By: Kerry Winfrey
Review by: Ivy
Jolie has a scrapbook of beautiful women. You name a pretty lady from this decade, and her face is most likely posted on one of Jolie’s detailed pages. It’s a diverse list, covering all colors, heights, and weights. The only thing the celebrities have in common is that they don’t have mandibular prognathism like Jolie does.
Calm down, no, MP isn’t some life-threatening disease. The only real outside affect it has on Jolie is her underbite, which results in difficulty chewing and speaking for long periods of time. More than anything, Jolie wants to look like the ladies in her scrapbook. She thinks being pretty will make everything easier. So, when her doctor mentions a surgery that will fix Jolie’s jaw, she enthusiastically signs up.
But, as the date of her procedure looms ever closer, Jolie wonders about the dangers of her surgery. While her doctor will be happily breaking and squishing her bones back together, Jolie could possibly never wake back up to enjoy her fresh face.
In a fit of anxiety, she and her friends make a list of everything she wants to be before she (potentially) bites it. On the list include such staples as kissing her crush, going cliff jumping, and eating all of the appetizers at Applebee’s. Once family and friend drama gets in the way of completing her list, Jolie has to decide what’s more important: turning her life upside down before a probably safe procedure, or gritting her teeth (heh) and helping the people she loves get through their hard times?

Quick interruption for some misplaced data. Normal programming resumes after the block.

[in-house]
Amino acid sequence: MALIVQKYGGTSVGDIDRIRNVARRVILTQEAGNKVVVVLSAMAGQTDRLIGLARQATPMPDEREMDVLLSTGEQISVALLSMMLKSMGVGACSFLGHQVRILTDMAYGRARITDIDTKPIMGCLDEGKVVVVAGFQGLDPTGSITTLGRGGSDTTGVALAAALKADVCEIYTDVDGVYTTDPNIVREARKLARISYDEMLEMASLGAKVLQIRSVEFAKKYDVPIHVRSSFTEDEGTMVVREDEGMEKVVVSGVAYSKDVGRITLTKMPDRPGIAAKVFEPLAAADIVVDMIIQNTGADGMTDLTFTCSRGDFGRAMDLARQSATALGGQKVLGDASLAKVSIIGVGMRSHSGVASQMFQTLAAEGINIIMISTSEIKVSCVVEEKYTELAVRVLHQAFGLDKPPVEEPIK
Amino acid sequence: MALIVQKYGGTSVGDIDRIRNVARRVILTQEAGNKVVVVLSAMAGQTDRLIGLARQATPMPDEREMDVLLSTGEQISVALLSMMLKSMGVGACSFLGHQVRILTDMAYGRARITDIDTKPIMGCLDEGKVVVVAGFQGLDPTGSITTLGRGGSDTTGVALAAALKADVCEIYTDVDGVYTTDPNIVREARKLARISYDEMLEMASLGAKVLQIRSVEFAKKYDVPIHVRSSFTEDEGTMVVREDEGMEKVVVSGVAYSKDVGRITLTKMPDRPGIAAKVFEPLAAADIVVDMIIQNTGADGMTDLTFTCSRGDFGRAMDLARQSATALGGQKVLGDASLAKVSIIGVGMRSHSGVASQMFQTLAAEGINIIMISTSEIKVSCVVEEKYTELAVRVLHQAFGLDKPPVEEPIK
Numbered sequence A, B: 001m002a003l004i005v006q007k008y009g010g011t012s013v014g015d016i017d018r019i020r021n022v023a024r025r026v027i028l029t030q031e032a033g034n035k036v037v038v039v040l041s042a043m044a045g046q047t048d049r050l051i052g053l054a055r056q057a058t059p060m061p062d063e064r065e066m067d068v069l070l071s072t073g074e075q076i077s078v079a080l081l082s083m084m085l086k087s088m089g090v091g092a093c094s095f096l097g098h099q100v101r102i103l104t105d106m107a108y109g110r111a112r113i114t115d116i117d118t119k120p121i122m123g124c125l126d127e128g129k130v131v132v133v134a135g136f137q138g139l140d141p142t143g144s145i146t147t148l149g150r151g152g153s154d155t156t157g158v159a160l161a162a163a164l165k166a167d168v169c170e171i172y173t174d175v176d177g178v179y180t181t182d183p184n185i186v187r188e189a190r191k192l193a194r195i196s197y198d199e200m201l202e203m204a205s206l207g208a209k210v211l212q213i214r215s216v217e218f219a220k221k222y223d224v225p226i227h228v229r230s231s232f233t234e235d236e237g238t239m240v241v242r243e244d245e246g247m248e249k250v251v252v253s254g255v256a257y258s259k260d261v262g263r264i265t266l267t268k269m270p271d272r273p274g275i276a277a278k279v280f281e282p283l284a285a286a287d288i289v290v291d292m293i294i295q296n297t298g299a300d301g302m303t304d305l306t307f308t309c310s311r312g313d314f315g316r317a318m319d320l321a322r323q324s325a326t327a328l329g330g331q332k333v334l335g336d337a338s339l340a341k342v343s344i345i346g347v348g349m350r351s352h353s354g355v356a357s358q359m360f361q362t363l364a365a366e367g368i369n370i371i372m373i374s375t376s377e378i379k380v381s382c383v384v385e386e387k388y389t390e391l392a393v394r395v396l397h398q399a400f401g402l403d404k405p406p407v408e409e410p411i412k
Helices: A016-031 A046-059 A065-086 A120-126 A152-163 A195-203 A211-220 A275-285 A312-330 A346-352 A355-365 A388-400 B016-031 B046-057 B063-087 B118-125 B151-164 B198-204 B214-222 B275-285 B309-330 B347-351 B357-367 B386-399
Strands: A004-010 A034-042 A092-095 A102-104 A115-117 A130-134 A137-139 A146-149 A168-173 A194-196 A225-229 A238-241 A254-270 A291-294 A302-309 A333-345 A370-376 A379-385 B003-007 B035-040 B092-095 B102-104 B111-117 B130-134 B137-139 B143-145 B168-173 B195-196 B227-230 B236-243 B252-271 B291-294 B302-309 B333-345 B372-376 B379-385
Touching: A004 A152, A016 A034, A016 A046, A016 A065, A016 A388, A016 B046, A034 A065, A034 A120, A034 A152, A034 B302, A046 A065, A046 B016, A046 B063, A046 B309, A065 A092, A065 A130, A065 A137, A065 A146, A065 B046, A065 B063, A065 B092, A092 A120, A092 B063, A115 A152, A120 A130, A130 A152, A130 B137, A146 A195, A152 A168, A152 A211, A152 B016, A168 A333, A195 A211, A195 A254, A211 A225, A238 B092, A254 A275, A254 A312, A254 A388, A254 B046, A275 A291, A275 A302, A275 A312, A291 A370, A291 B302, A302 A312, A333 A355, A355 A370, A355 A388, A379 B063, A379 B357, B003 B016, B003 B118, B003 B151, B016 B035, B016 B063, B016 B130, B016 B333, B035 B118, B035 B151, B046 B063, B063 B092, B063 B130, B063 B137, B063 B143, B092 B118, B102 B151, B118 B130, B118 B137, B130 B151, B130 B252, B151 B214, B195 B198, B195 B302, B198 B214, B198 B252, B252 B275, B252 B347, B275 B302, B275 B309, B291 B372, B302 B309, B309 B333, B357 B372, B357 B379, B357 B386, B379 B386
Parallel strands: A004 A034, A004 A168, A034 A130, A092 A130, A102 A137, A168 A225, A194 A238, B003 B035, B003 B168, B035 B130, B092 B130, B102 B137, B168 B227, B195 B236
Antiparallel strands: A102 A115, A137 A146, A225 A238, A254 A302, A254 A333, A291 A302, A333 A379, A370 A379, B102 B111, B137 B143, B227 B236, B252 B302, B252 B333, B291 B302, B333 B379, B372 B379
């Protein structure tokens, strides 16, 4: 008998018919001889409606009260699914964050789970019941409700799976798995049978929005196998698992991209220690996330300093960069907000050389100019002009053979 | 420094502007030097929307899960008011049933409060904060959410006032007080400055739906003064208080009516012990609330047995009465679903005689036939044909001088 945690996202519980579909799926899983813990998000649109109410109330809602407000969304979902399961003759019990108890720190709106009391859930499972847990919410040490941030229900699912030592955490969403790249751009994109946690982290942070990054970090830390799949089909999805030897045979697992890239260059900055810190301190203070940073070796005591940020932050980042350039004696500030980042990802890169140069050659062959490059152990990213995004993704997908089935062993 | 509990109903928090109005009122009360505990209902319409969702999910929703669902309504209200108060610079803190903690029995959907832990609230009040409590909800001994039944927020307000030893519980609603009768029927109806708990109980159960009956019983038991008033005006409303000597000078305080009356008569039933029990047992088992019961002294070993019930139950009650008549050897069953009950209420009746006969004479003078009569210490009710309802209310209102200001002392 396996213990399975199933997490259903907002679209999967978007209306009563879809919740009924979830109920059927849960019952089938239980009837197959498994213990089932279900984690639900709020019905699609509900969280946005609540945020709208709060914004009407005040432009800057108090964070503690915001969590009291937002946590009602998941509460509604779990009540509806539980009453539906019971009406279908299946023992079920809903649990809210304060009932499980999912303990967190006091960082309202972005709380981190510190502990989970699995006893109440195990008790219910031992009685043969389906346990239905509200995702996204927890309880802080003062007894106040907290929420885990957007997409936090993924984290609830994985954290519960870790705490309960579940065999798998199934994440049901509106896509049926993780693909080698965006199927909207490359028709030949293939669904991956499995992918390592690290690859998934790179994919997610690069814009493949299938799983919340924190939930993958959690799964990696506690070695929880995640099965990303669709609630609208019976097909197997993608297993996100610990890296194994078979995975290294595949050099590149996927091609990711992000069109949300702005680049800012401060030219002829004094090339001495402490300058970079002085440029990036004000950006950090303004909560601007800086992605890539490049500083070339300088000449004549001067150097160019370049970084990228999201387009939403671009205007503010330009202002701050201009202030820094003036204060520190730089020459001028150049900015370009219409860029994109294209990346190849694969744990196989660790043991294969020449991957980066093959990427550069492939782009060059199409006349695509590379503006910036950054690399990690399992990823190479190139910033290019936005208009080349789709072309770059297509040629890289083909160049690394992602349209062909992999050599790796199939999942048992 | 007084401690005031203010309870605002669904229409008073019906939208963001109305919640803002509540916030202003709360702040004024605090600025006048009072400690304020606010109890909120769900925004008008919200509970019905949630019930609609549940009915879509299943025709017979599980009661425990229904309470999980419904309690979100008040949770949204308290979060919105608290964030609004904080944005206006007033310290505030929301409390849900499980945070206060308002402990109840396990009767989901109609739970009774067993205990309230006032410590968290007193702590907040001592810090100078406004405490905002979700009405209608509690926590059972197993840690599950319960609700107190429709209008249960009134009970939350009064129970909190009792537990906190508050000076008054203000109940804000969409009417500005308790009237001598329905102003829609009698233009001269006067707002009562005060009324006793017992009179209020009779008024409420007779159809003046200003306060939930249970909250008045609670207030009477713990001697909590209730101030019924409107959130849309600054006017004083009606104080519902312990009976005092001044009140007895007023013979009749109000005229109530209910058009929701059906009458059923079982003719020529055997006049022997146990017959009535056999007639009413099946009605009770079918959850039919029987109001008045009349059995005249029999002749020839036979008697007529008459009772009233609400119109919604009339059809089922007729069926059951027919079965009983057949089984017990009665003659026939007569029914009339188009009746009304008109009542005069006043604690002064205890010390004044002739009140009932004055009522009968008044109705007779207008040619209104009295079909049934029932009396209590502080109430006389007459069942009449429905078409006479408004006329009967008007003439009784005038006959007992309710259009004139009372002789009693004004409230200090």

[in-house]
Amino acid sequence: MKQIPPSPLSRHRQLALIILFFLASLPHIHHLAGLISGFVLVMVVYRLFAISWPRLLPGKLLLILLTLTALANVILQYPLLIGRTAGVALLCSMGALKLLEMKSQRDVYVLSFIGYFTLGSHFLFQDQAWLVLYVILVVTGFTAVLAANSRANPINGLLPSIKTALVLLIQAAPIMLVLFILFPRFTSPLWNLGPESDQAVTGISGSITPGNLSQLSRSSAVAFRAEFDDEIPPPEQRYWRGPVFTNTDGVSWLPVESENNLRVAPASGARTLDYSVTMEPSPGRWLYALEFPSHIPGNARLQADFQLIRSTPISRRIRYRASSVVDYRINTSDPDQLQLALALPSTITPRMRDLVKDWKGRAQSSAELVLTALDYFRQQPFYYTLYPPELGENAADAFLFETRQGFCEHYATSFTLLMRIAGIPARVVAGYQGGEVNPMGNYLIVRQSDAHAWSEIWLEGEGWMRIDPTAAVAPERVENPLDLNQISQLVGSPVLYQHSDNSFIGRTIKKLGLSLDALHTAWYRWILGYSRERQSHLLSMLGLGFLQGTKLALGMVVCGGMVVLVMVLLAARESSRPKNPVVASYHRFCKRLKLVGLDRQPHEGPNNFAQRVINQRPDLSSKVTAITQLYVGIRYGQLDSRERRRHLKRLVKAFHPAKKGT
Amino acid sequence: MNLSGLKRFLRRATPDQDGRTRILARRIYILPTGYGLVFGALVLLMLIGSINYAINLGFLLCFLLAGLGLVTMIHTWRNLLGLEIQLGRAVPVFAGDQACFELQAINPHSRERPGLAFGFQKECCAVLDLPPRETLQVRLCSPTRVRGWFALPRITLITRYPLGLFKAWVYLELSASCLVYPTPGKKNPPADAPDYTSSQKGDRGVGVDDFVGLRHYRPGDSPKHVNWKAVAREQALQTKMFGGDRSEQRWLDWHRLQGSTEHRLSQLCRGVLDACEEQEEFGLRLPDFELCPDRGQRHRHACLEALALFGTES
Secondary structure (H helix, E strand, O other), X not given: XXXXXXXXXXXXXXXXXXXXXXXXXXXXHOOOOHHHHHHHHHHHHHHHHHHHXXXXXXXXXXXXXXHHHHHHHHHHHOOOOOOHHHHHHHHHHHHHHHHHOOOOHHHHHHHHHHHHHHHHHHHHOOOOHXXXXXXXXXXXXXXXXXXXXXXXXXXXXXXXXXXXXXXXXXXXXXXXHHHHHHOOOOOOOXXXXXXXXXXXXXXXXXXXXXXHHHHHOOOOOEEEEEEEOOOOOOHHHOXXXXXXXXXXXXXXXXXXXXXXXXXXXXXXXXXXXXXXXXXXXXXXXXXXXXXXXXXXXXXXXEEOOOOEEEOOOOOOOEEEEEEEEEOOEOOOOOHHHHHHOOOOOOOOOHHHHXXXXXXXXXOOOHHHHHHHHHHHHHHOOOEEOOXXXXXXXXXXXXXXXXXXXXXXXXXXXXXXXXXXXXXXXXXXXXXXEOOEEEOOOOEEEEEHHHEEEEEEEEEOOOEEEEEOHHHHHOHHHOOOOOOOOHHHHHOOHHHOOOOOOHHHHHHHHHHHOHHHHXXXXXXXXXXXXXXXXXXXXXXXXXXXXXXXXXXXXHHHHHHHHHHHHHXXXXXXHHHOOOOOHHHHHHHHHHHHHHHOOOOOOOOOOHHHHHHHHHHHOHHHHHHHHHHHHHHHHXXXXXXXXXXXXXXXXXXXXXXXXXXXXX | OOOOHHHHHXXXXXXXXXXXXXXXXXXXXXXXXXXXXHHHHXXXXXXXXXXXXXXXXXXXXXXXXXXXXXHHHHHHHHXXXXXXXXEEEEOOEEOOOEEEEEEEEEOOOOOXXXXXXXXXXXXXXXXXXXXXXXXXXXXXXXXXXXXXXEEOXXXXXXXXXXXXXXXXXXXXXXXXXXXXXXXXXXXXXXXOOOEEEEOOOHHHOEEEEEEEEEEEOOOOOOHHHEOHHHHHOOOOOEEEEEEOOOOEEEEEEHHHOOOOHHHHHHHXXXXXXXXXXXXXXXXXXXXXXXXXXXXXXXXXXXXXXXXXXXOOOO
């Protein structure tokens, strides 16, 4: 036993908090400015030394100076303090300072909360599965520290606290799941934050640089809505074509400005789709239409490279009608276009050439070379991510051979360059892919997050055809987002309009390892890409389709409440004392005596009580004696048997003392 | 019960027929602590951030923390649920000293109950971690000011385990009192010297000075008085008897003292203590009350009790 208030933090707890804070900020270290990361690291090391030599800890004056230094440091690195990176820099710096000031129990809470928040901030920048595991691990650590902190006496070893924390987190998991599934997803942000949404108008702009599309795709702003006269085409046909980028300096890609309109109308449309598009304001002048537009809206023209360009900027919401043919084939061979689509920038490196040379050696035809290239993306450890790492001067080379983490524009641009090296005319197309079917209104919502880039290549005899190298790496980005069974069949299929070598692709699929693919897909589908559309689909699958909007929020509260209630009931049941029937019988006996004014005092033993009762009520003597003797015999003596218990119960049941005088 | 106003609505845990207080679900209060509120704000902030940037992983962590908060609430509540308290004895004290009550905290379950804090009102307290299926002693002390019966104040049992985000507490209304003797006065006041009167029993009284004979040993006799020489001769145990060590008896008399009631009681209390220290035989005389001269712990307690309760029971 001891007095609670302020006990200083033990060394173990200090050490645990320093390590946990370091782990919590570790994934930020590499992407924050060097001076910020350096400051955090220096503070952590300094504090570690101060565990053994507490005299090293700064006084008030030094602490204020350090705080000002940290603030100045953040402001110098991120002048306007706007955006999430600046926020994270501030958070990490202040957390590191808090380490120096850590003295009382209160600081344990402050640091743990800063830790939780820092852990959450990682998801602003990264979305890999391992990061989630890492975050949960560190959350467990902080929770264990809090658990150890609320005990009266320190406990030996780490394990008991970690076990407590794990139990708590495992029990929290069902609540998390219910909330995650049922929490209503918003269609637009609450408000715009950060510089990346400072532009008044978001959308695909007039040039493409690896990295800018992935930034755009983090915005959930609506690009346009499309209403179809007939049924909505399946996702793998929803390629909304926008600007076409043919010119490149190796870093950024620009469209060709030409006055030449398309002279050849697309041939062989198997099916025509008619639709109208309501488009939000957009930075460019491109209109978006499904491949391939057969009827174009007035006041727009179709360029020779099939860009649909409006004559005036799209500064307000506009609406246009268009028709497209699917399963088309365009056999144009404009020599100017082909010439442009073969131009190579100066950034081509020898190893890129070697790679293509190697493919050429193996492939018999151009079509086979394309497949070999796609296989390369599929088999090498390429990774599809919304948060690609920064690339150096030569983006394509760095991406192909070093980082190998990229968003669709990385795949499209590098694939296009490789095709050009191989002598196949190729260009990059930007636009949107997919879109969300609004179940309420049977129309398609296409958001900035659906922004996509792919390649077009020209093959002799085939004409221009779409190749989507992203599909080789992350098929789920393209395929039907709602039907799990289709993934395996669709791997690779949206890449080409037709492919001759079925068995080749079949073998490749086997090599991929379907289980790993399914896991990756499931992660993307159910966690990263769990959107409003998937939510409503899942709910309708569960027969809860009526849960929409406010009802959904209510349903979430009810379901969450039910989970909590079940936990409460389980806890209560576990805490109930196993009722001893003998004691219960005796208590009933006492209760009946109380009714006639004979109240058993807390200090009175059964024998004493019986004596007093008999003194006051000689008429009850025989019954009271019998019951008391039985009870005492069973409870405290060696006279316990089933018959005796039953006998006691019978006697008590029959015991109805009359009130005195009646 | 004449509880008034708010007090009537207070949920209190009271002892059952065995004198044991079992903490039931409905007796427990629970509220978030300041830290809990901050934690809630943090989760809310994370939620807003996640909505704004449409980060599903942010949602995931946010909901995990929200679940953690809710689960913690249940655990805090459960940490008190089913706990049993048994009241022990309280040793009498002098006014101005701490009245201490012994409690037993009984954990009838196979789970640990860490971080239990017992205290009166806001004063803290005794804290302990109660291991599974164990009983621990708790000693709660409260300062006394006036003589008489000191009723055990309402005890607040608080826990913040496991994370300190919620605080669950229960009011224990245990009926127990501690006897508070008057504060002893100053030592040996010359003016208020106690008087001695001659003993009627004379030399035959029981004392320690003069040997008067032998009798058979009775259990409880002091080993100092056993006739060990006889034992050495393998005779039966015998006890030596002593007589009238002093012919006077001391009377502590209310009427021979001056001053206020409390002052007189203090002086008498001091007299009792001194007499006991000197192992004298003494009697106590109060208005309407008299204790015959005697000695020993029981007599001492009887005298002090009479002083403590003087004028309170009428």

By far, the strongest part of Things is the characters. First and foremost we have Jolie, the steadfast and reliable smart girl pushed into the spotlight by her best friends, Evelyn and Derek. Evelyn is a fashion-obsessed entrepreneur obviously going places and no longer content with slogging through high school and living under her mother’s strict rule. And then there’s Derek, the handsome but shy boy best friend who, since his dad died, loves nothing more than watching bad movies and recording episodes of his podcast alone in his closet.
(Real quick: Dear Adult Authors, I don’t know where you got the idea that teens watch bad movies for fun. I don’t even have access to the typical literary adolescent’s endless supply of junk films from before they were born. Why is this such a common character detail? It’s always like, “John and I were always good buds, but what really brought us together was watching crappily shot black and white movies in his parent’s basement.” WHAT? WHY DO YOU THINK SO MANY COOL TEENS DO THIS? WE DON’T. I DON’T KNOW A SINGLE ONE- Anyways, I love you anyway Adult Authors, thanks for your time.)
I love this twist on the “girl with a disease” trope (looks at John Green). Yes, this girl has a medical condition, but she’s not going to die. But, just to be safe she’s going to make a bucket list and go on adventures with her friends anyway. Things was light and playful, while also making a powerful statement about how we see ourselves, how others see us, and how we should treat each other in awareness of that. Perfect for fans of aforementioned John Green and basically anyone who wants to know what the best of YA this year is, Things will make you laugh and make you think while you learn to love yourself inside and out.